When I arrived in Israel. I knew that there was only one place I wanted to be – Jerusalem – which had been my home the year before. I was on a bus to Jerusalem when the 11:00 AM news broadcast began with the words: "A spokesman for the IDF had indicated: The Old City is in our hands, I repeat, The Old City is in our hands." There were tears in everyone’s eyes. The bus driver had to pull over, merely to steady himself.

On to Jerusalem where I volunteered with the Sanitation Department, driving a garbage truck, unglamorous beginning of my career as a recent college graduate, unglamorous but essential. Garbage had not been collected in many days for the drivers had been called up for the war effort.

That Friday evening with the war still raging and news getting better and better, I went to Beit Hillel, then in the heart of Rechavia, to welcome the Shabbat. Most of the attendees were in uniform, taking a break from the fighting, a moment of reflection. One was not.

In walked the then President of Israel Zalman Shazar, accompanied by the then Chief Rabbi of the IDF Shlomo Goren. The President was asked to speak. A historian and poet, the very embodiment of the State of Israel, could put the historic events of the week in context.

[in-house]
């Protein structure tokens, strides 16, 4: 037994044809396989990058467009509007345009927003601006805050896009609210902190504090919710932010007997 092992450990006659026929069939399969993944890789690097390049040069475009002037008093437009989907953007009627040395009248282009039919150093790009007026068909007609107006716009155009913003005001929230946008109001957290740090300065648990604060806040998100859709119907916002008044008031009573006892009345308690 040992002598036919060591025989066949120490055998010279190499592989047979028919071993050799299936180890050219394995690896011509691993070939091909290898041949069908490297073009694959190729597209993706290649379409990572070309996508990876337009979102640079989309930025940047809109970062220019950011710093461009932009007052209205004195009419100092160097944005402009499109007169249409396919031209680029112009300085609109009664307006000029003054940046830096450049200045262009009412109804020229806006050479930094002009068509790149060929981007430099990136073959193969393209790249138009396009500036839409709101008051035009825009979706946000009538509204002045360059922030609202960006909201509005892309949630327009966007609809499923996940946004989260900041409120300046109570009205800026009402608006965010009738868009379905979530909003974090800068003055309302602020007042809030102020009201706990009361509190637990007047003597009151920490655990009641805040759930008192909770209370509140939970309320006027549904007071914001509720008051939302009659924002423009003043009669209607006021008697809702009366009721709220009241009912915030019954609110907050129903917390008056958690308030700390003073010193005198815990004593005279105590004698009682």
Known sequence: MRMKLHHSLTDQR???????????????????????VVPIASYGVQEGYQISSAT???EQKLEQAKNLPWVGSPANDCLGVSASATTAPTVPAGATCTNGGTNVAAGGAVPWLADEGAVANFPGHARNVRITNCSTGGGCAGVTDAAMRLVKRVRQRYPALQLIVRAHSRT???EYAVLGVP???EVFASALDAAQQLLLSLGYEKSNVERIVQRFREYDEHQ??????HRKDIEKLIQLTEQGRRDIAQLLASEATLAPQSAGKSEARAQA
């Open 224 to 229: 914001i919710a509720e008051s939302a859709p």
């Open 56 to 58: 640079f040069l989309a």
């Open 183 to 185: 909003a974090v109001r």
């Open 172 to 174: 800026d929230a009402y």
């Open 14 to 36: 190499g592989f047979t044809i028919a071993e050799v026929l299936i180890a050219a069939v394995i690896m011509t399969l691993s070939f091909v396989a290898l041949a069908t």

Rabbi Goren introduced him as the first President of a unified Jerusalem, the man who would greet the Messiah riding down Jaffa Street on Monday, a foretaste of the Messianic fervor that was to sweep some religious Israelis.

The President rose and began his memorable address quoting from the Friday evening prayer Lecha Dodi, Come My Beloved. His reframe, poetic in its Hebrew.

        “All my days I have prayed:…

        “And now I have been privileged to witness it.

        “All my days I have prayed. ‘Shake off the dust – arise!

                     Don your splendid clothes, my people.’

        And now I have been privileged to witness it.

        All my days I have prayed: ‘Wake up! Wake up!

                     For your light has come: rise up and shine.

                     Awaken and utter a song.

                     The glory of Hashem has been revealed to you.’

        And now I have been privileged to witness it.

        All my days I have prayed: ‘Don’t be embarrassed, don’t be humiliated.

                     Why are you downcast, Why you disconsolate?

                     In you will my afflicted people find shelter

                     As the city is built on a Hill.’

        And now I have been privileged to witness it. 

Then as now, the President’s words were stirring.

Yet today, 54 years later, we must ask haunting, terrible questions: Israel is still fighting the Six Day War, in a different type of war, at least in the West Bank, in Judea and Samaria.

And the city of Jerusalem, which once had a physical Wall in its heart – to quote Nomi Shemer, who composed Jerusalem of Gold but weeks before the War – dividing Arab and Jew.

Jerusalem now has a spiritual wall more deeply dividing Arab from Jew and Jew from Arab. And one wonders when will Jerusalem be unified? Can Jerusalem be a united city?